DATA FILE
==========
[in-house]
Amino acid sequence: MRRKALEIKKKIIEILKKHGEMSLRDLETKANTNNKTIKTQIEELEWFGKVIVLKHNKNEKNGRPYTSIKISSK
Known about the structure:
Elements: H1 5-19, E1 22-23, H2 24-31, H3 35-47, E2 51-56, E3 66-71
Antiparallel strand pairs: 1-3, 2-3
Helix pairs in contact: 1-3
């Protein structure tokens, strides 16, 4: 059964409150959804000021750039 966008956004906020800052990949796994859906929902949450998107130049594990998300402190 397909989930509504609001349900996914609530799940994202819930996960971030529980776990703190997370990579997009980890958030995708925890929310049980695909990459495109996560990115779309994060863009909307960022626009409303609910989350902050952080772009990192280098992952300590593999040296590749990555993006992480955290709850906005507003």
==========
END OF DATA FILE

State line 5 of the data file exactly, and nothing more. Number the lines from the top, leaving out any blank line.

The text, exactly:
Antiparallel strand pairs: 1-3, 2-3